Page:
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'Mrs Rosen' Flash by Alan McCormick


In 1974 there was industrial unrest, the three-day week, and regular power cuts. My parents were struggling and we took in lodgers. My seventeen-year-old sister, Helen, and I resented their presence. One was a lank-haired mouse called Sue, who was pale and shy, usually hiding out in her room for her never-seen boyfriend to propose and rescue her. I don’t think I ever said a complete sentence to her, ignoring her when we passed on the landing, save to glance at nipples peeping through her tight, fawn polo-neck sweater, my thirteen-year-old newly broken voice mumbling sourly at the bathroom door to ask her, 'how long will you be?’


During the prolonged power cuts toward the end of winter, Sue mysteriously vanished and a strange atmosphere took over our house. A Calor Gas stove was requisitioned to heat simple soups and meals. We congregated under candlelight to eat from our laps in the lounge, voices quietened, adults sipping whisky and tea to keep warm, all huddled by Helen’s battery-operated record player listening to Leonard Cohen’s melancholic and confessional 'Songs from a Room' (me gazing at the alluring back cover with Cohen’s girlfriend, Marianne, sitting at a typewriter in their Hydra home); our faces flickering in the shadows, taking in the sadness and beauty of the lyrics, 'I came across a butcher and he was slaughtering a lamb. I accused him there with his torture lamp,' the soft persuasive hush and meaningful depth of Cohen’s voice settling forever into my bones and DNA.


We listened intently, the adults chain-smoking, Helen shushing anyone who dared break the reverent spell, she and my mother undertaking a séance in the murky light, communing with the spirits released by Cohen’s words wavering on the turntable, whispering from the darkness their own feelings and intuitions; Nostradamus, the Mayan Prophecies, the dark end waiting for all of us at the end of humanity.


‘I like his voice, even after the third time of listening, but this is all getting a little depressing. No?’ suggested a deep lived-in-voice from a chair in the corner of the lounge.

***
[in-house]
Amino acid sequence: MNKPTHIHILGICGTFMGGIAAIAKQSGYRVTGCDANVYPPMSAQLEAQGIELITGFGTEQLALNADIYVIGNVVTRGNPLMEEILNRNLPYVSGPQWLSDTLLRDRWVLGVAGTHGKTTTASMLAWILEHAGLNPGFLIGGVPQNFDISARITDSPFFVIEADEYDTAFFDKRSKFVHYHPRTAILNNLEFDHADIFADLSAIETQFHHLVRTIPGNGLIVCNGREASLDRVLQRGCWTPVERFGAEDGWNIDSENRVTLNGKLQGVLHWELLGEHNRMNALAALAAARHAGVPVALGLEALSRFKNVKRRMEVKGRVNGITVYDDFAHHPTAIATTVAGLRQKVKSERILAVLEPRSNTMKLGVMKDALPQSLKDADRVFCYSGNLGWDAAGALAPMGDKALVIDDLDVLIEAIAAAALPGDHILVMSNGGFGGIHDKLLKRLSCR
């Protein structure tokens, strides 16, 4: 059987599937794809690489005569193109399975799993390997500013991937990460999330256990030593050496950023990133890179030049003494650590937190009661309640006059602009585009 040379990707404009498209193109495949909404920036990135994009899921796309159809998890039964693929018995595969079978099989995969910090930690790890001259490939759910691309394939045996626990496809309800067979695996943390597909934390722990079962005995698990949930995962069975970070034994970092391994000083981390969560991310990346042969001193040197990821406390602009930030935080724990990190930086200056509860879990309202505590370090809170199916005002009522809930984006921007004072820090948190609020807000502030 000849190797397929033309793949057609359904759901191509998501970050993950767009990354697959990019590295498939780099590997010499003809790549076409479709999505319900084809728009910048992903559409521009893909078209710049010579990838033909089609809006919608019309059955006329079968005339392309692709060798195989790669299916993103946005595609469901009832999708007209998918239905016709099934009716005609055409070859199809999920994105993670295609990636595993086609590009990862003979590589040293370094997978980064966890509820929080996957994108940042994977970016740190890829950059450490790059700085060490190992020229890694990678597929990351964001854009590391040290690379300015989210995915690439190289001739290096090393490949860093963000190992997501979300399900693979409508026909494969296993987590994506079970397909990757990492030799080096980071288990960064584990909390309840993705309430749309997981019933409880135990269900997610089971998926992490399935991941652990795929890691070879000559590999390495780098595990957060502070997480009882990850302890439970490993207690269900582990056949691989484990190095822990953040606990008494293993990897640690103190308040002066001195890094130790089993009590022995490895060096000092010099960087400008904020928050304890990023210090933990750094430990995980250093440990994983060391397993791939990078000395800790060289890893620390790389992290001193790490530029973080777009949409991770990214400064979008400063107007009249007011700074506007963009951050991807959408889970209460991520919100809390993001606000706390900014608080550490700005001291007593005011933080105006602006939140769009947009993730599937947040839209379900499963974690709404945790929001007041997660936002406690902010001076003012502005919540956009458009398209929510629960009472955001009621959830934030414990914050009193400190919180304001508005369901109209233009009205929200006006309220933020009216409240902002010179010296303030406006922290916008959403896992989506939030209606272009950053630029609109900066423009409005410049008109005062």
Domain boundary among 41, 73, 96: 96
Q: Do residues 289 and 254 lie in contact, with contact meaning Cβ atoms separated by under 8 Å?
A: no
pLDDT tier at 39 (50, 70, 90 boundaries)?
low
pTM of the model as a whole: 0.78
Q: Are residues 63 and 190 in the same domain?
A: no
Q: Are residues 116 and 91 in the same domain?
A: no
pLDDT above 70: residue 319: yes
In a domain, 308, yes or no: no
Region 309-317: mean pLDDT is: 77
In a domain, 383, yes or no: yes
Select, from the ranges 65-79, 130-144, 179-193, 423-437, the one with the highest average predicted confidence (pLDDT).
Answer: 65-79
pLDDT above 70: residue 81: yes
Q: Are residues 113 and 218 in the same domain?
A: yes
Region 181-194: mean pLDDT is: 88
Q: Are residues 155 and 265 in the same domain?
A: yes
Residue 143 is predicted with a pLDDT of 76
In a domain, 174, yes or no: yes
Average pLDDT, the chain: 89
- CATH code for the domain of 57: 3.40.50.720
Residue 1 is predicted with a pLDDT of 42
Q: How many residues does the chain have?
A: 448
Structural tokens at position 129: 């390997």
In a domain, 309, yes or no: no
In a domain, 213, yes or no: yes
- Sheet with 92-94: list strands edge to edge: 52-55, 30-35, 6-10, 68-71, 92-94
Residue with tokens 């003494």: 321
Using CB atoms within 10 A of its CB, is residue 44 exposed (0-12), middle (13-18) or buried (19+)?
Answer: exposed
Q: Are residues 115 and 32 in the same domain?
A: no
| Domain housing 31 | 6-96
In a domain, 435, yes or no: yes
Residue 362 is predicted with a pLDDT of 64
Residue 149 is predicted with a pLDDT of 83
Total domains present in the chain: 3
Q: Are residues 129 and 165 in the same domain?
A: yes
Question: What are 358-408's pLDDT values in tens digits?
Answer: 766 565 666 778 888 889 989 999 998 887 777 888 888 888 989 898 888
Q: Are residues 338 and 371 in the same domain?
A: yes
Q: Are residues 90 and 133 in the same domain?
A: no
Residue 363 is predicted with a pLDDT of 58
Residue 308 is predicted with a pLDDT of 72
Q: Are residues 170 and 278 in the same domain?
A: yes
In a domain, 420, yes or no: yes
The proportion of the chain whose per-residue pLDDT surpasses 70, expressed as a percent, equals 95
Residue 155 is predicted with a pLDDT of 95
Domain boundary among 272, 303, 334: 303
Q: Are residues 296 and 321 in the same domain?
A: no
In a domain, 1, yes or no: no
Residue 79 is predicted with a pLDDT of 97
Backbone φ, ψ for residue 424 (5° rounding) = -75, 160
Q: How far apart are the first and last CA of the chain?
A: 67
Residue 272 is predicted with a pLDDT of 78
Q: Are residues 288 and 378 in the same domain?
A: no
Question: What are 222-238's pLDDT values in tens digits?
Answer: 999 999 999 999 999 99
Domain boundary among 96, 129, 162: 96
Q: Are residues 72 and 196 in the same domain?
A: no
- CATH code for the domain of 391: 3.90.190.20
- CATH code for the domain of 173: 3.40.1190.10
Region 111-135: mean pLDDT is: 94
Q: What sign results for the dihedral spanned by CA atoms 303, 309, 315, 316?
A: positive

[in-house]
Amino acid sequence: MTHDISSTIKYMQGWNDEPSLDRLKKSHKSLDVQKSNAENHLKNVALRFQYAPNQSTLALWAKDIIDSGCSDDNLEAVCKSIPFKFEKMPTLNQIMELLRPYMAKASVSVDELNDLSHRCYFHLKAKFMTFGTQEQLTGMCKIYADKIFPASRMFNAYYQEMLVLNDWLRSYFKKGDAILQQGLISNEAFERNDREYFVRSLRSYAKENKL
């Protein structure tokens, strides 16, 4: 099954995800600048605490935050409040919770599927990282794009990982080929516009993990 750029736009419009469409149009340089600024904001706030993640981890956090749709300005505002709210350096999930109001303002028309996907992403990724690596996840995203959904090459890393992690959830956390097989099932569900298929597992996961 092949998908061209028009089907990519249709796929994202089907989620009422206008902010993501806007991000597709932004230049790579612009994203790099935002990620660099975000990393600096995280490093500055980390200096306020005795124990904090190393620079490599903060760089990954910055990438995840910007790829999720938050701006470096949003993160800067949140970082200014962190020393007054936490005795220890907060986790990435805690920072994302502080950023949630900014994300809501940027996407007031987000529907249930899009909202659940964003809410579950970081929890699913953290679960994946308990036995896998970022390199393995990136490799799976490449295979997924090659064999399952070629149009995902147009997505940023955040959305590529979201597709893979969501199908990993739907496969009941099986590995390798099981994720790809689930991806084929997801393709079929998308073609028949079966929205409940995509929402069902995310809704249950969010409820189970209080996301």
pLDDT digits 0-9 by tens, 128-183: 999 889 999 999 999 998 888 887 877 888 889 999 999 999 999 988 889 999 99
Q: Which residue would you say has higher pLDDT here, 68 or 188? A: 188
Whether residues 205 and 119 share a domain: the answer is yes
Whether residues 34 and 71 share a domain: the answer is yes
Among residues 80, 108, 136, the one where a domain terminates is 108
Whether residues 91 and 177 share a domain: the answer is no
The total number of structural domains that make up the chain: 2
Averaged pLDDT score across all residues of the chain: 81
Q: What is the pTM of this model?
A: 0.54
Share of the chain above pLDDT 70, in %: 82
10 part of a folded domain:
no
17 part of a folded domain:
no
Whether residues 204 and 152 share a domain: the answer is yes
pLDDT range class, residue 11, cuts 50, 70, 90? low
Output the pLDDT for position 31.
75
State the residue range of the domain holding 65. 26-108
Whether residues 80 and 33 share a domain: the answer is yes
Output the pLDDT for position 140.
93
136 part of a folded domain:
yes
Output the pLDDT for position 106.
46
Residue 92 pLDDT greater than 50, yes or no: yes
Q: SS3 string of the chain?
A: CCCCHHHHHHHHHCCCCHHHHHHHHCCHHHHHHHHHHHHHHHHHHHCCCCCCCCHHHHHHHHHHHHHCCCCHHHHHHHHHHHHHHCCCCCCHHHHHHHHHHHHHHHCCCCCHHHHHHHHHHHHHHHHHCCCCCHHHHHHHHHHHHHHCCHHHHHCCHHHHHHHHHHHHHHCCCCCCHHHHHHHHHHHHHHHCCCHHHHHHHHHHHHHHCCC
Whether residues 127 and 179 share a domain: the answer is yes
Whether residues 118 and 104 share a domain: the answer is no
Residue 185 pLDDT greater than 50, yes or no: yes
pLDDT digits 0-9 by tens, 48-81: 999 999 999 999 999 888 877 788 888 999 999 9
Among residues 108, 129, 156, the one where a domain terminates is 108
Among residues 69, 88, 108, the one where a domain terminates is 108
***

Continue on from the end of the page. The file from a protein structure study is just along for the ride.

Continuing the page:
It was our new temporary lodger, Mrs. Rosen, a middle-aged German sophisticate, crisp brown trouser suit with leopard skin on the collar, my own fantasy Mrs. Robinson, with her worldly sexy Anne Bancroft mouth and teased arched eyebrows. Her voice made my hair tingle, and she winked at me from her seat, reaching over to pour herself another finger of Bells, the lyrics of Leonard’s ‘Lady Midnight’ mingling with my eroticized thoughts: ‘I came by myself to a very crowded place; I was looking for someone who had lines in her face.


Before she left our house Mrs. Rosen offered me a black Sobranie (with gold filter) from her handbag. ‘Enjoy a puff, take it right in, but never take it up, if you know what I mean,’ she said.


I had no idea what she meant but took it anyway.



All rights. Alan McCormick.


Alan McCormick lives in Wicklow. He works with InterAct Stroke Support, who read fiction and poetry to stroke patients. His writing has been widely published, including in Best British Short Stories, Popshot and Confingo Magazines, The Bridport and Fish Prize anthologies; and online at 3:AM Press, Words for the Wild, Fictive Dream, Bandit Fiction, The Quietus, Dead Drunk Dublin and Époque Press. 'Dogsbodies and Scumsters’, his collection with illustrator Jonny Voss, was long-listed for the Edge Hill Prize. His short memoir ‘Monty Modlyn’, was recently published in ‘A Wild and Precious Life – A Recovery Anthology’.

See more www.alanmccormickwriting.wordpress.com and www.scumsters.blogspot.com











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